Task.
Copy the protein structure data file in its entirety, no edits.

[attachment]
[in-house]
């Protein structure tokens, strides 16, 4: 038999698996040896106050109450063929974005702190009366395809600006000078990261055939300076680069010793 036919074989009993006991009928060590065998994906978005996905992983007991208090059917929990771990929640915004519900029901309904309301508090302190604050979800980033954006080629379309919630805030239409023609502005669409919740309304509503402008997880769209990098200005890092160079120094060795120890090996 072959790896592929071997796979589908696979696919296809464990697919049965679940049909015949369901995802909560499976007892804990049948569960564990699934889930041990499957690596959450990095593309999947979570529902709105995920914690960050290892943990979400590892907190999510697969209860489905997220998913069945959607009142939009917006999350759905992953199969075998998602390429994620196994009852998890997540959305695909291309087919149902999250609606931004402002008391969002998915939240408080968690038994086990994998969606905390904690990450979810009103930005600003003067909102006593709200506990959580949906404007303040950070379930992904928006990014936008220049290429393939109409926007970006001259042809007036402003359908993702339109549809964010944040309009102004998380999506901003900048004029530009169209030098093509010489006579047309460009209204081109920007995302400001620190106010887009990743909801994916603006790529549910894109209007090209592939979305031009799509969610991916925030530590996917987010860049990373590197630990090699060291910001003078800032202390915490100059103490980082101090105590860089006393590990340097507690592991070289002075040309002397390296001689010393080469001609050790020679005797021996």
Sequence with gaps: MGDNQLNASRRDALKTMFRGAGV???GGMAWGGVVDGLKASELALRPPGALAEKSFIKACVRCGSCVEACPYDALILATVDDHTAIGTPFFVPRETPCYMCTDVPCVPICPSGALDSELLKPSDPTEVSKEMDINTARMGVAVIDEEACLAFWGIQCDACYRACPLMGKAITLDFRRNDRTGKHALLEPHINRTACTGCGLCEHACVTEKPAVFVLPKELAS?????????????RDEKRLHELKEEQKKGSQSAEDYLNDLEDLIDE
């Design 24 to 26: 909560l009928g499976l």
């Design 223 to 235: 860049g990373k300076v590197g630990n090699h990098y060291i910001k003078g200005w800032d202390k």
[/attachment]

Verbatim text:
[in-house]
């Protein structure tokens, strides 16, 4: 038999698996040896106050109450063929974005702190009366395809600006000078990261055939300076680069010793 036919074989009993006991009928060590065998994906978005996905992983007991208090059917929990771990929640915004519900029901309904309301508090302190604050979800980033954006080629379309919630805030239409023609502005669409919740309304509503402008997880769209990098200005890092160079120094060795120890090996 072959790896592929071997796979589908696979696919296809464990697919049965679940049909015949369901995802909560499976007892804990049948569960564990699934889930041990499957690596959450990095593309999947979570529902709105995920914690960050290892943990979400590892907190999510697969209860489905997220998913069945959607009142939009917006999350759905992953199969075998998602390429994620196994009852998890997540959305695909291309087919149902999250609606931004402002008391969002998915939240408080968690038994086990994998969606905390904690990450979810009103930005600003003067909102006593709200506990959580949906404007303040950070379930992904928006990014936008220049290429393939109409926007970006001259042809007036402003359908993702339109549809964010944040309009102004998380999506901003900048004029530009169209030098093509010489006579047309460009209204081109920007995302400001620190106010887009990743909801994916603006790529549910894109209007090209592939979305031009799509969610991916925030530590996917987010860049990373590197630990090699060291910001003078800032202390915490100059103490980082101090105590860089006393590990340097507690592991070289002075040309002397390296001689010393080469001609050790020679005797021996």
Sequence with gaps: MGDNQLNASRRDALKTMFRGAGV???GGMAWGGVVDGLKASELALRPPGALAEKSFIKACVRCGSCVEACPYDALILATVDDHTAIGTPFFVPRETPCYMCTDVPCVPICPSGALDSELLKPSDPTEVSKEMDINTARMGVAVIDEEACLAFWGIQCDACYRACPLMGKAITLDFRRNDRTGKHALLEPHINRTACTGCGLCEHACVTEKPAVFVLPKELAS?????????????RDEKRLHELKEEQKKGSQSAEDYLNDLEDLIDE
């Design 24 to 26: 909560l009928g499976l």
């Design 223 to 235: 860049g990373k300076v590197g630990n090699h990098y060291i910001k003078g200005w800032d202390k």